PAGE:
Connecting patrol cars to an electronic library of mugshots, criminal histories and countless other emergency resources is less than a year away, now that Douglas County Sheriff's Office is cleared for buying the necessary equipment.
Douglas County commissioners say the sheriff can spend $122,000 in county funds to purchase base computers and antennas to run the system, plus laptop data ports for 13 patrol cars.
The system -- once other departments hook on -- will allow area police, sheriff's and fire departments to exchange sensitive and detailed information through radio frequencies and wireless broadband connections, Sheriff Rick Trapp said.
Officers will be able to write and transmit reports from their cars; firefighters will be able to view maps of hydrant locations on the way to a fire; and dispatchers will be able to transmit detailed descriptions and photos of missing children to responders on the road.
"It's the largest advance in emergency communications since the two-way radio, and that came out in the 1940s," Trapp said. "It'll have a significant impact and allow us to provide more efficient, more effective service."
Law enforcement officials expect each officer connected to the system to save about 2.5 hours per shift, according to a study conducted by emergency officials in the area. Lawrence-Douglas County Fire & Medical hopes to shave 30 minutes of work from each of the average 24 calls it receives each day.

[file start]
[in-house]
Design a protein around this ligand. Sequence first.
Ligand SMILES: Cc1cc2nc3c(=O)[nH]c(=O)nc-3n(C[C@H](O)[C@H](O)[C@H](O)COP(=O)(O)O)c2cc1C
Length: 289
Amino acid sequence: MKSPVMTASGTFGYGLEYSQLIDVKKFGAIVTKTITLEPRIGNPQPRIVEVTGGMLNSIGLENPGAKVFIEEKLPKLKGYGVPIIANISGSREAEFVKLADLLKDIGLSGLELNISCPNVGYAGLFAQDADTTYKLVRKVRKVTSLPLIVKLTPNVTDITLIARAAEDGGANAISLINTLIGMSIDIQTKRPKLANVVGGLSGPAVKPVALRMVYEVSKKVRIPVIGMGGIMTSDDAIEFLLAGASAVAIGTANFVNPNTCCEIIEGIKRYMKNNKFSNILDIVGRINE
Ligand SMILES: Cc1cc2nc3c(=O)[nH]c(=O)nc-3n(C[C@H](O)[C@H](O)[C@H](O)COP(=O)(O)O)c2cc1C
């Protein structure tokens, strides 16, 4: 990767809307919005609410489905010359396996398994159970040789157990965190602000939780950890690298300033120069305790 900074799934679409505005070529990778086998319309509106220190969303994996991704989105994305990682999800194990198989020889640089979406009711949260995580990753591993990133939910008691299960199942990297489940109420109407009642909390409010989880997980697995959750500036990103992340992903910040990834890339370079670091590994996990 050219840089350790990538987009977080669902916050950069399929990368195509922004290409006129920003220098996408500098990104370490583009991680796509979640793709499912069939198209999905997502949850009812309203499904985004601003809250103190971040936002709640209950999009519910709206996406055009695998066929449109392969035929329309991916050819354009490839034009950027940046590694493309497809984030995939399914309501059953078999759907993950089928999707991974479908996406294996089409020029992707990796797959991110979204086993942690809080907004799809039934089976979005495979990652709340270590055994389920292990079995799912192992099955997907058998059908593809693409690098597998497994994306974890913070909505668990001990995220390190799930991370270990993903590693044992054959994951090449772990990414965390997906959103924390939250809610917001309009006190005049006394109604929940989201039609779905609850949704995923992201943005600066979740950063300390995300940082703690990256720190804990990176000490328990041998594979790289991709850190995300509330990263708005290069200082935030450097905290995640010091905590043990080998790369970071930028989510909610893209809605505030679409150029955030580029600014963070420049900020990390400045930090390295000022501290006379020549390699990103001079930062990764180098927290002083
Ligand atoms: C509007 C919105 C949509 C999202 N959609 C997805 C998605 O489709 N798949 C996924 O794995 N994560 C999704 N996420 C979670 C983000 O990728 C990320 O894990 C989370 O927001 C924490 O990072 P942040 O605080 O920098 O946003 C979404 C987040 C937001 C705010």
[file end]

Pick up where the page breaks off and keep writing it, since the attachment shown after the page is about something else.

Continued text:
Money for the project comes from the fund that collects fees on customers' telephone bills to improve 911 emergency services. The $122,000 will be added to the $106,000 already taken from the fund for the project; the total will be added to a $318,500 grant.
The new system should be operational by the end of the year, Trapp said. The department will start buying equipment in the next several weeks; installation and training will follow.
Bob Johnson, commission chairman, said he expected the investment to pay off through increased efficiency and improved safety.
The system also will bring the county up to date. Aside from the Lawrence area, all the state's other 10 largest communities already are equipped with such mobile-date systems.
"We don't have any choice," Johnson said.